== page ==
Established in 2000, the FGP created a student engagement framework for teachers in low-SES schools. This was then used with teachers who had been identified as particularly successful in engaging students from low-SES backgrounds. Working directly with teachers, including those in their early careers, the FGP implemented the framework in a number of classrooms.

The project also worked on a model of the teacher being a researcher of their own practice by using teachers and academics to mentor others as well as training early mentees to later be mentors themselves.

“We set up mentoring relationships between newer teachers in schools and teachers who had been on Fair Go projects previously,” says Sawyer. “This relationship was assisted by what we called ‘teacher-research assistants’ who would meet with the mentor-mentee pairs regularly and assist with their planning, observe and give feedback on the teaching.”

One assistant principal who was a participant in the study gave glowing feedback to Sawyer: “The Framework [developed by the FairGo project] has certainly shaped who I am as a teacher and a leader. I have moved from being a classroom teacher into being a senior school executive since my introduction to that framework. It is very much a part of who I am and is in our school plan now.”

The FGP’s pedagogical framework has been implemented in more than 50 schools in Western Sydney and in almost 40 low-SES rural schools, and is “helping to address educational disadvantage by changing teaching practices and raising engagement,” says Sawyer.

Meet the Academic | Associate Professor Christine Woodrow

Christine Woodrow is Associate Professor in the School of Education and Deputy Director of the Centre for Educational Research at the University of Western Sydney. Her most recent research has been focused on developing sustainable models of pedagogical land community leadership with a particular focus on early childhood literacy and numeracy pedagogies and parent engagement in vulnerable contexts.   Her research also includes early childhood policy analysis, transnational investigations of professional identities, the place of visual research methodologies in program evaluation and capacity building,  and the nexus between early childhood education and school. Dr Woodrow has been the Australian project leader for an innovative transnational program, Futuro Infantil Hoy in northern Chile for the last 6 years.  Christine’s other current projects include a cross- national study of early childhood professional identity, and family participation in children’s literacy learning. She has been an activist in the early childhood policy arena both nationally and regionally in Australia and has a deep understanding of the early childhood policy context, nationally and internationally. She was a recent keynote speaker at the International IRECE conference in Santiago, Chile and has presented her research in numerous international forums. Christine has been involved in diverse curriculum projects in Australia, including  the development of the early childhood curriculum: National Early Years Learning Framework: Being, Belonging and Becoming. She is also a chief investigator for a study researching curriculum and quality improvement in early childhood in western Sydney.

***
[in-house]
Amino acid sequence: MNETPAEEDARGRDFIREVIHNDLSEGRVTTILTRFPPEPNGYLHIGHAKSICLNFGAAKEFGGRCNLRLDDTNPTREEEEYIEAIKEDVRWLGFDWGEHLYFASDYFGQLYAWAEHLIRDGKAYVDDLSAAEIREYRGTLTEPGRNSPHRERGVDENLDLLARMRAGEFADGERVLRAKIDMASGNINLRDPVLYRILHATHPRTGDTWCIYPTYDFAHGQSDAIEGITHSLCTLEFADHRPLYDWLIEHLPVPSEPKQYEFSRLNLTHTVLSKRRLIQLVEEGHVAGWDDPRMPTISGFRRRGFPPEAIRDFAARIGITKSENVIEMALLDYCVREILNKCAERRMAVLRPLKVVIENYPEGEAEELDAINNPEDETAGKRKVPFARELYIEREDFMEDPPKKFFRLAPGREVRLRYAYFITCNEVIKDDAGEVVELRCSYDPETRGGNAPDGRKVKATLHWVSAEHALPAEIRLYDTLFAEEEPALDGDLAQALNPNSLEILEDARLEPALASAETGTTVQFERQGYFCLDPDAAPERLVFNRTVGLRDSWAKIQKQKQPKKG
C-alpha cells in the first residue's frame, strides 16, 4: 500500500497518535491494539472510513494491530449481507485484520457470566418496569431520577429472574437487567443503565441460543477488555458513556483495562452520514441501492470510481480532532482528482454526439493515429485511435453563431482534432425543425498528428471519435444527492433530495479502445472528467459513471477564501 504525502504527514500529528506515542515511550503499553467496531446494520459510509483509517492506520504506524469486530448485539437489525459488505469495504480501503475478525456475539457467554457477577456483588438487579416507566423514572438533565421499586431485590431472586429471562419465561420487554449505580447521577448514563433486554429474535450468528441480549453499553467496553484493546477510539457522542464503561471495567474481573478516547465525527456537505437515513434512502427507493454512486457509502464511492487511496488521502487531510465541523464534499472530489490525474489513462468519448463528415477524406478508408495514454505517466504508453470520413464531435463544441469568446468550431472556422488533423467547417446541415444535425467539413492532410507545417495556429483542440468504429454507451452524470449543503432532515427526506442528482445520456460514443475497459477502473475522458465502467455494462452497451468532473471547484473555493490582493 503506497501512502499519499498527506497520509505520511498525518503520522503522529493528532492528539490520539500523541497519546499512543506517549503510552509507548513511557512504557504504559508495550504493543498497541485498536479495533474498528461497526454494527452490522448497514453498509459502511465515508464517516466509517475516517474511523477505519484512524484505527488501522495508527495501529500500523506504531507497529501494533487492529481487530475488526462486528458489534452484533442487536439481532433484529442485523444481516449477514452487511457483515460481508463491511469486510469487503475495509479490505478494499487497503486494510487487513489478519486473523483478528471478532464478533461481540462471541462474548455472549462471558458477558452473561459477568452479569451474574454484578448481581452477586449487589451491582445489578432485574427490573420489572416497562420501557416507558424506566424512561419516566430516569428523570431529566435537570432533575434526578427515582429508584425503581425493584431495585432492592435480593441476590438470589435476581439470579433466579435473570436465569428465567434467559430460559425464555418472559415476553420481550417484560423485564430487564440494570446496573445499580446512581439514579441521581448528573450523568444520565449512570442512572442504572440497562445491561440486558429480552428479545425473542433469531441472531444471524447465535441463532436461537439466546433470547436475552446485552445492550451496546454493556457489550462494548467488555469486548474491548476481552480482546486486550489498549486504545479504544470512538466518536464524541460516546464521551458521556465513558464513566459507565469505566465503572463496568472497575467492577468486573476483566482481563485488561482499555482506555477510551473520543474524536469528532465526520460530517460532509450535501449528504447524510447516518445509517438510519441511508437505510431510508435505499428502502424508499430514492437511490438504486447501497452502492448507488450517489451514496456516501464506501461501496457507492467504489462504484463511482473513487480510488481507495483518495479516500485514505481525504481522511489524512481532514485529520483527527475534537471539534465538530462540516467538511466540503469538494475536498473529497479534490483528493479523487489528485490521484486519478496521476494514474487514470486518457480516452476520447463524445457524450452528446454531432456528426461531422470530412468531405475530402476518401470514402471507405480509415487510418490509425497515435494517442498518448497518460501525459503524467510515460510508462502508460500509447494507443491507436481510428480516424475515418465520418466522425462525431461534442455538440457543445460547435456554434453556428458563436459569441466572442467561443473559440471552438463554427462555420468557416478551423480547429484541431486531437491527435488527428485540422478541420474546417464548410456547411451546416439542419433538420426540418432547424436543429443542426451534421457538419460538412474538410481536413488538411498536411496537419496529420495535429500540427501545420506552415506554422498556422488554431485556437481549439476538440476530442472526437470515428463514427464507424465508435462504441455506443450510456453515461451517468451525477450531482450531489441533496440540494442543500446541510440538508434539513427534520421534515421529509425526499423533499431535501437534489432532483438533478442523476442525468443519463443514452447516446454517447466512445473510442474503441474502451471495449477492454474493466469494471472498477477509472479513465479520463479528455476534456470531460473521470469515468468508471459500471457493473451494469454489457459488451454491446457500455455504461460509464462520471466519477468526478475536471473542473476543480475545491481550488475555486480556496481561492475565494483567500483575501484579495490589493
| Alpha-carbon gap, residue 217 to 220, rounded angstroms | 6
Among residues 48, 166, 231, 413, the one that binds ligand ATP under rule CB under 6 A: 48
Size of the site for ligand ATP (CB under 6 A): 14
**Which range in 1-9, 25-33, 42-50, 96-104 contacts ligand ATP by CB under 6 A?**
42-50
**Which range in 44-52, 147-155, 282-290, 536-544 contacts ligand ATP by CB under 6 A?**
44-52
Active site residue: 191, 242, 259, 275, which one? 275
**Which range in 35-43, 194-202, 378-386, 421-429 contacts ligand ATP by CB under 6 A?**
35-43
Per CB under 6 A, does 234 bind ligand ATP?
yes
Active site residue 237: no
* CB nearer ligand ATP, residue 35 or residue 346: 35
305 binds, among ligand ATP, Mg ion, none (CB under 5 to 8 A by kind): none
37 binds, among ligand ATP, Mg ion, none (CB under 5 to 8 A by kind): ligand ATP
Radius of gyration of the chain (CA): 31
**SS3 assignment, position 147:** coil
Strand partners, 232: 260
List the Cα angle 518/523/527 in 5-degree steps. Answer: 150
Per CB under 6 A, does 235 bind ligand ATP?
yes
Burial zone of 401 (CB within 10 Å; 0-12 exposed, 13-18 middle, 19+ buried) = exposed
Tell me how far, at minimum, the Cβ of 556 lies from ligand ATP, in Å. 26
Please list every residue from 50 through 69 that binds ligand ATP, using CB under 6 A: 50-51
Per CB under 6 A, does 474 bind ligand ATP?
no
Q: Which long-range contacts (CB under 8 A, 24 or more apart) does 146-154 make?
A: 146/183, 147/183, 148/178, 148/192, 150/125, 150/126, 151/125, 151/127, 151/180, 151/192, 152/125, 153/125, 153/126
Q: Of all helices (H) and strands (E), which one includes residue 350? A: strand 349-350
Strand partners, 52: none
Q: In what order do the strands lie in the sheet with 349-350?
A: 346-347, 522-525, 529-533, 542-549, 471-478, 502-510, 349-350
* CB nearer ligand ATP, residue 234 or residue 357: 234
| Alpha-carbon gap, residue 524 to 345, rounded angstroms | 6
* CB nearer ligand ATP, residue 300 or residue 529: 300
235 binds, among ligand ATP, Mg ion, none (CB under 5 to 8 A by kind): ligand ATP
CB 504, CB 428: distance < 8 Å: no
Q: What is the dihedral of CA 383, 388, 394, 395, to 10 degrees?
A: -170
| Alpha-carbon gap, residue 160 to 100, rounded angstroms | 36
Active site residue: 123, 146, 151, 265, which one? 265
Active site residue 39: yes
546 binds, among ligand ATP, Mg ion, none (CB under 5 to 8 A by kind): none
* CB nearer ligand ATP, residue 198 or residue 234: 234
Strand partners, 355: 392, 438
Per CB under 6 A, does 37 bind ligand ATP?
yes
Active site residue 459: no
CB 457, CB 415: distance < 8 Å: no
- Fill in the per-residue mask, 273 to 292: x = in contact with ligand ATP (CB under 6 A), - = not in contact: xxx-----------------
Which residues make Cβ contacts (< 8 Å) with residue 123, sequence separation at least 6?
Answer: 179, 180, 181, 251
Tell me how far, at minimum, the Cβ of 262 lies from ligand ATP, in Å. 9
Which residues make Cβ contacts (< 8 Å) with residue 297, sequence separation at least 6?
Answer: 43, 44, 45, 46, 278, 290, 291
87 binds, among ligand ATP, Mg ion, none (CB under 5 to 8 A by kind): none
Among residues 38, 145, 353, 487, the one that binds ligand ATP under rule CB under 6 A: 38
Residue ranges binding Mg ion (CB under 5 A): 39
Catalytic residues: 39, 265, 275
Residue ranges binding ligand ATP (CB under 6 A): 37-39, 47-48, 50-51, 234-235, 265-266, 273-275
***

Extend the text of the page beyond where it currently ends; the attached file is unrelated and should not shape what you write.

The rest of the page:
Previous research includes a 7 country international study of conceptualisations of professionalism in early childhood contexts, school readiness and the role and effectiveness of the supported playgroup model in effective transitions to school.

Credit

This research was partially funded by the Australian Government through the Australian Research Council.

©  James Horan ©  Paz Errázuriz
Future-Makers is published for Western Sydney University by Nature Research Custom Media, part of Springer Nature.